In our Awesome Tribute Videos series we now turn to the early Sequel years that are coming to a close as we write. When The Last Jedi completes its run in cinema’s across the world we will enter the ‘later Sequel Years’. So what awesome tributes did we see?
A look back
Episodes I through VII have now made their impact on cinema audiences across 4 decades and almost 3 generations. It is remarkable to consider that just so few films in a series have made such an impact. In the Box-Office top 100 of all-time these 7 films take up a remarkable collective position. All films generated one-liners that have gone in wider circulation. With Episode VIII almost upon us, the tribute to all of the episodic films by White24Room reminds us not just how impactful the overall story and its visualisation is, but also how much these 7 are really part of a larger whole no matter what narrow-minded fans may utter.
The early sequel years are also the years in which the first non-episodic Star Wars movie comes out. Star Wars: Rogue One is now high up my list of my favorite Star Wars films. As we await a trailer for the second Star Wars Story film Solo we can only hope that it will live up to the standard set by the first one. Telling an impactful story of the hope driving ordinary people to achieve extraordinary results, that however never become more than a single line in the opening crawl of the tales of the heroes, Rogue One reminds us how much Star Wars is nout about super heroes with super-human abilities but about ordinary people … scavengers, misfits, farm boys, slaves … WinterThief edited from Rogue One a tribute that not only excels in visuals and music choice, but perhaps more than others by fantastic dialogue editing … who dares say Star Wars has crappy dialogue if it can be used to make this.
It’s time for the Jedi to end …
With Episode VIII The Last Jedi we are not only making a transition into the later sequel years, but also into the last chapter of Luke Skywalker’s arc. Four decades ago it started out as a farm boy on a Heroes Journey of his own. Upon uncovering his own origins his journey shifted completely becoming a part of someone else’s journey, his father’s. Elsewhere I have argued that the Original Trilogy is very much reflective of the experiences and issues facing Generation X who grew up on the Originals. Luke stays true to that … going out of sight, attempting to withdraw from the tribulations of the Galaxy, having the role to bring a conclusion to the arc of the generation before you and make a start of the journey of the generation after you … stuck in the middle with a journey from nowhere, to nowhere … it all sounds rather familiar to X’ers.
It is as if Heroes Fan Productions’ tribute to four decades of Luke Skywalker captures that beautifully. The slow swelling and receding of a monotonous soundtrack, the dialogue that recalls the mission aims: passing on what you’ve learned. Valour without honour. I can’t wait to see how Rian Johnson tells the start of Luke’s final steps.
Go … Leave me
The tragedy of Anakin Skywalker is in very many ways also the tragedy of Luke and of Obi Wan, of Leia and of Padme. Medley Weaver’s tribute captures this by focussing ever so slightly on Obi Wan’s role. So many of us through the decades have wondered how Obi Wan’s exile in the desert must have been. Thanks to Star Wars: Rebels we know that in this exile Obi Wan’s arc with Maul comes to a remarkable closure that seems so fitting. Yet that same episode reveals Obi Wan’s tragic misperception even in those last days of his life that continues into his role as a Force ghost.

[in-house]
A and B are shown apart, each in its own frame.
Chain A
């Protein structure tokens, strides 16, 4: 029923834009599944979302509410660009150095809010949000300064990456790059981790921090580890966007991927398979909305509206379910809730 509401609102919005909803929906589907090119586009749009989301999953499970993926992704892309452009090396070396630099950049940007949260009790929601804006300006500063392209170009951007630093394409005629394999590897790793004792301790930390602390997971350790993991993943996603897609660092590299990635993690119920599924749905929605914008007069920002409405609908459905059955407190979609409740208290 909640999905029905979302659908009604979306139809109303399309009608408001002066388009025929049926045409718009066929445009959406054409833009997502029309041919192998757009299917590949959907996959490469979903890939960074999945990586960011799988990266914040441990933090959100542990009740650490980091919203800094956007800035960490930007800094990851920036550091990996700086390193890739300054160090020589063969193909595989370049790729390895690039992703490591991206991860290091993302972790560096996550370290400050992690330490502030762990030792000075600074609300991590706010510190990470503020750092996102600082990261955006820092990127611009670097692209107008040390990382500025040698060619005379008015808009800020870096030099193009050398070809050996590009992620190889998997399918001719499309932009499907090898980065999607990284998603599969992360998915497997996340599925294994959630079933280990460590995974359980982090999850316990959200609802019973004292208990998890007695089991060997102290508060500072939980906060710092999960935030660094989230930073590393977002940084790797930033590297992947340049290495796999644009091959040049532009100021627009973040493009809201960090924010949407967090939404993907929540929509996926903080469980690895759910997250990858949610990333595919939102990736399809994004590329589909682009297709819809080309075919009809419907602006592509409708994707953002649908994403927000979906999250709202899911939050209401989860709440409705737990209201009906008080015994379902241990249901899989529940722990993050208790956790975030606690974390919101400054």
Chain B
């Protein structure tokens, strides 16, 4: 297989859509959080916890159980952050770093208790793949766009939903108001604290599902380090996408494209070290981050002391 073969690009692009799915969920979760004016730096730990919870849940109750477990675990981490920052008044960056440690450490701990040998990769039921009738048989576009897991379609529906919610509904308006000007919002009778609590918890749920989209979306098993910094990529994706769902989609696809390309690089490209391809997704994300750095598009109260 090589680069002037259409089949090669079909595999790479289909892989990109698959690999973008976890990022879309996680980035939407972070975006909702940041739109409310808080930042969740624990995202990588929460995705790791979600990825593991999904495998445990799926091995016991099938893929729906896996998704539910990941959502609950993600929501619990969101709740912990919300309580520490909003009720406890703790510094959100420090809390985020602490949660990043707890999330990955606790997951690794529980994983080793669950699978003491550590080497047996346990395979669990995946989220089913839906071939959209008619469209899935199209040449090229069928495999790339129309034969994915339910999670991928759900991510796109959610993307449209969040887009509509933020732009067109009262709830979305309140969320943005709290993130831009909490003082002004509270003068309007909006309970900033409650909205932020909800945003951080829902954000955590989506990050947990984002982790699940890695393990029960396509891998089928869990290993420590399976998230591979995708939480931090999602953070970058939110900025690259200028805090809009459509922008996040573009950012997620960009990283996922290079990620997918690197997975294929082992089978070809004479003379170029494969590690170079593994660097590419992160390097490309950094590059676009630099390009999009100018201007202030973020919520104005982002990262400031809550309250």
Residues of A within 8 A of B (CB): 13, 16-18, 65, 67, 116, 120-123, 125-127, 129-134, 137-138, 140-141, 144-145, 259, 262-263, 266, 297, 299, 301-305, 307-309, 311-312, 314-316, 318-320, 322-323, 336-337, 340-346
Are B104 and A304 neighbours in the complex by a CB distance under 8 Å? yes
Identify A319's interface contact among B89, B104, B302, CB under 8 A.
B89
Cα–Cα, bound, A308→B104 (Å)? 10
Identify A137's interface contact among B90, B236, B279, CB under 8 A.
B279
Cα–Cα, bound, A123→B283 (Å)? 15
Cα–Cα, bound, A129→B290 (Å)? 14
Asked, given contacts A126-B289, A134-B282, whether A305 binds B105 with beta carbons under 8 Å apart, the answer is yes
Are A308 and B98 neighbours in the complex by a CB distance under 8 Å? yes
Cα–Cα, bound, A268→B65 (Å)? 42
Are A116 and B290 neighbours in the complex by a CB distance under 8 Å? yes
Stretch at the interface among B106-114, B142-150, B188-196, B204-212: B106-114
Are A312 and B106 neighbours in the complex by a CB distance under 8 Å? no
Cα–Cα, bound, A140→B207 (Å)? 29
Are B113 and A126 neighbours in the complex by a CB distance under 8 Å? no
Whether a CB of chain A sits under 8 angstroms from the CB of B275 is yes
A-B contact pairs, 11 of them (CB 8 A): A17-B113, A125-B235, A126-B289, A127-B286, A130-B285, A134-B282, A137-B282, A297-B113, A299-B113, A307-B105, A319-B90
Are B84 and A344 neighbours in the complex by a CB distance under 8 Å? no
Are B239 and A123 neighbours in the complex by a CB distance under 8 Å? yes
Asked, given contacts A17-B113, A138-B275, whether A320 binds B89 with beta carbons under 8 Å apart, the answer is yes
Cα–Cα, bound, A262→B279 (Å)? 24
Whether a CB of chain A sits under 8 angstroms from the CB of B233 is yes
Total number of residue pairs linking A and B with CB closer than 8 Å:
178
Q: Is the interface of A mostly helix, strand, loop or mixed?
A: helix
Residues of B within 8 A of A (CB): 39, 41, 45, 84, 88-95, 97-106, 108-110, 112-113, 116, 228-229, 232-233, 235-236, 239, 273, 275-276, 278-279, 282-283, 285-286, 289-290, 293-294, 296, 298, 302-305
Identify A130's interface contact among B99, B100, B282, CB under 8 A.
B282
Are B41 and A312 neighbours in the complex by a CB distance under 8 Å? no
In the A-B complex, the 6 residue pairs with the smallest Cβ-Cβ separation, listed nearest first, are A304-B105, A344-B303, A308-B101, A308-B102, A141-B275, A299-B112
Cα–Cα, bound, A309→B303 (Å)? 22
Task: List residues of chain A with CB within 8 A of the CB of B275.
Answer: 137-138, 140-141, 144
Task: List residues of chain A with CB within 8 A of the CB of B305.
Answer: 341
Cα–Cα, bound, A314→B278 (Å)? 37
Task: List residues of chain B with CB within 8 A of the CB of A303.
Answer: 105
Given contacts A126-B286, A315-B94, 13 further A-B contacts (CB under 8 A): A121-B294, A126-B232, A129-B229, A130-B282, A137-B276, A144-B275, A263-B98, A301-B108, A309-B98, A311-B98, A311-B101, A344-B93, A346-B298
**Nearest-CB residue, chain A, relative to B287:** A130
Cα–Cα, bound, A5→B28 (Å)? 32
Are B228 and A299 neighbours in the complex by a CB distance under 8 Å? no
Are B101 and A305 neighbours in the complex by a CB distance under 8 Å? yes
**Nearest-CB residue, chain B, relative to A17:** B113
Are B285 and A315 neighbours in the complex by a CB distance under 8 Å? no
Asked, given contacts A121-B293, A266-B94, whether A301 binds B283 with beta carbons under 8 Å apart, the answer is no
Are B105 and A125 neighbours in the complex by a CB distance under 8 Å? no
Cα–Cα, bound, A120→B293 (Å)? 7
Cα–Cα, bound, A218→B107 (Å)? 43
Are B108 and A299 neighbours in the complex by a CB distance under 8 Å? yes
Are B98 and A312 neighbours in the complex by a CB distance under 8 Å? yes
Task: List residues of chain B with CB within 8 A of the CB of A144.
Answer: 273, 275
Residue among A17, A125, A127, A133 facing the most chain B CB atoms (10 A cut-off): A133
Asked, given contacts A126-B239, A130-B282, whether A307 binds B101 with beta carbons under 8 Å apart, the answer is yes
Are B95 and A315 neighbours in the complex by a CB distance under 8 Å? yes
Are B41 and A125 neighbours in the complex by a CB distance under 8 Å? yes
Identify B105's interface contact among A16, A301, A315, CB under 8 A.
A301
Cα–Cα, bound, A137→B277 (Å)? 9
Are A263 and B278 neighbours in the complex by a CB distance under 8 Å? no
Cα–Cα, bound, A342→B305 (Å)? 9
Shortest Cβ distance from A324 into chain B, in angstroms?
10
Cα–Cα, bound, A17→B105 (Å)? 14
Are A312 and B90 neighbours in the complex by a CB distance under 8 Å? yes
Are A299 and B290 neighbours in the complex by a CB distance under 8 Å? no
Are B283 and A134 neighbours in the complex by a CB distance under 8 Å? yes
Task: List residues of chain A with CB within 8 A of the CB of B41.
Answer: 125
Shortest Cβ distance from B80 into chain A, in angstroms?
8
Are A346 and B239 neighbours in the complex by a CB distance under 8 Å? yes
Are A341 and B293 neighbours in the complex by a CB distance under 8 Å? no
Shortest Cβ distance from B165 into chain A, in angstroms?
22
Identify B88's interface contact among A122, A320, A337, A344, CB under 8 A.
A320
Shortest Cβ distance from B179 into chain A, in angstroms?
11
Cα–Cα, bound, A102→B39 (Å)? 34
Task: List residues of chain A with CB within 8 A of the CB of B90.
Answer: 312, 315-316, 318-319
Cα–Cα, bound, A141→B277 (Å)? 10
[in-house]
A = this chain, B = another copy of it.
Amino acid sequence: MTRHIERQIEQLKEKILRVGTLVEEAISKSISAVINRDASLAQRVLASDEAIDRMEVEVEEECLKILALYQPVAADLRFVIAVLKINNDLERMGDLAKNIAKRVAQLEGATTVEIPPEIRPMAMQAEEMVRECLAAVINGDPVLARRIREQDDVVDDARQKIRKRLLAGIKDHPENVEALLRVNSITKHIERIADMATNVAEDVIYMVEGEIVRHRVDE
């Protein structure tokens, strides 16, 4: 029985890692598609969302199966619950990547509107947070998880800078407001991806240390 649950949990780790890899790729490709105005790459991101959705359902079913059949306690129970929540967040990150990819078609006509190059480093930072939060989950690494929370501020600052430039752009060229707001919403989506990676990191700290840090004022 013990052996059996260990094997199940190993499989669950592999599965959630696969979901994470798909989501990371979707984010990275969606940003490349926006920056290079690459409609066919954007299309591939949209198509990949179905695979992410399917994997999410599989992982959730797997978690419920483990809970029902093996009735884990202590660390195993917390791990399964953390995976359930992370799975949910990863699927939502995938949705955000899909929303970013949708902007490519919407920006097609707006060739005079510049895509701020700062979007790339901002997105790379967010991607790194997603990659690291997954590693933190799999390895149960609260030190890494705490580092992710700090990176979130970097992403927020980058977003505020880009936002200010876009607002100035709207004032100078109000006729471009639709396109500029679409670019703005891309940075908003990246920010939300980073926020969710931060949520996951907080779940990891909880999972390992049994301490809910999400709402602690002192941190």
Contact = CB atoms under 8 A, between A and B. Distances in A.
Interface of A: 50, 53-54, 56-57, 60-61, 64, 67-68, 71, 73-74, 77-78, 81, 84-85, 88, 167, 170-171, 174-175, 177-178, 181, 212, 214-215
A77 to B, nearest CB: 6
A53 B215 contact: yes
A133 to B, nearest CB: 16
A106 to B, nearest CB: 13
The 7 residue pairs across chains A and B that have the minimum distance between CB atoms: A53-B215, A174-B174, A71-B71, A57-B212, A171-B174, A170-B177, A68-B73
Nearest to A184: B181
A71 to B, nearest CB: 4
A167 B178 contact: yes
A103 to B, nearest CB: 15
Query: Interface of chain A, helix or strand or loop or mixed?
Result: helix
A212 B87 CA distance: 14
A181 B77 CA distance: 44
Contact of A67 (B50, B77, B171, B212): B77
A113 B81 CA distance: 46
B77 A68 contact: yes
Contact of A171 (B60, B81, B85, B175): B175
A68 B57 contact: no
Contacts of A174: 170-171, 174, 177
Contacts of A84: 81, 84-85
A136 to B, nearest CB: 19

During the early Sequel years speculation was rife about an Obi Wan centred Star Wars Story film and with Rey’s origins still unrevealed it may be that it does take The Last Jedi before any announcement on an Obi Wan spin-off can be made. Obi Wan had lots to contemplate during his exile.
May the Force be with you
A remarkable thing about the Star Wars series is the spirituality it has brought into modern day cinema. Something that only very few, if any, large franchise a daring to copy. From the firs time it was mentioned ‘May the Force be with you’ stood out iconically among ‘geek community greetings’ such as ‘may you live long and prosper’ or ‘so say we all’. May the Force be with you is however the only one that stretches out beyond self-interest or community spirit and refers to that ‘lot of mumbo jumbo that funnily enough is real … all of it’. The first film in the Sequels deliberately re-awakened that idea, the transcendental reality of this Force from an imagined story-universe.
The four decades of Star Wars have been 80% of my life so far. And I consider myself exceptionally lucky that I could grow up, become an adult, become a parent with these stories being told in parallel in the background. Now with the Sequel trilogy the story-telling has been passed on from the Maker to the first generation of fans. And soon enough, with those who grew up on the Prequel Trilogy now in their Twenties, we will see their generation pick up this glove and tell their new Star Wars stories.
There will always be those cynics for whom every new Star Wars story that doesn’t fit their expectations is just a product of cash-grabbing outsiders. But I am confident that this content, these stories, are a force that is much stronger than whatever cash-grabbing outsiders may want. All myth and legends that we still recount today were stories that were told in a fashion that appealed to the masses. If they hadn’t been, they would have long been forgotten. Star Wars always aimed to be a story that comes along in the guise of a mass-consumption narrative. But only the vain, the foolish or the blind fail to see that not everything that looks like a blockbuster aimed at kids lacks the ambition to be so much more inside the individual lives of those who watch it. Skywalker Productions’ tribute is a tribute to that hope.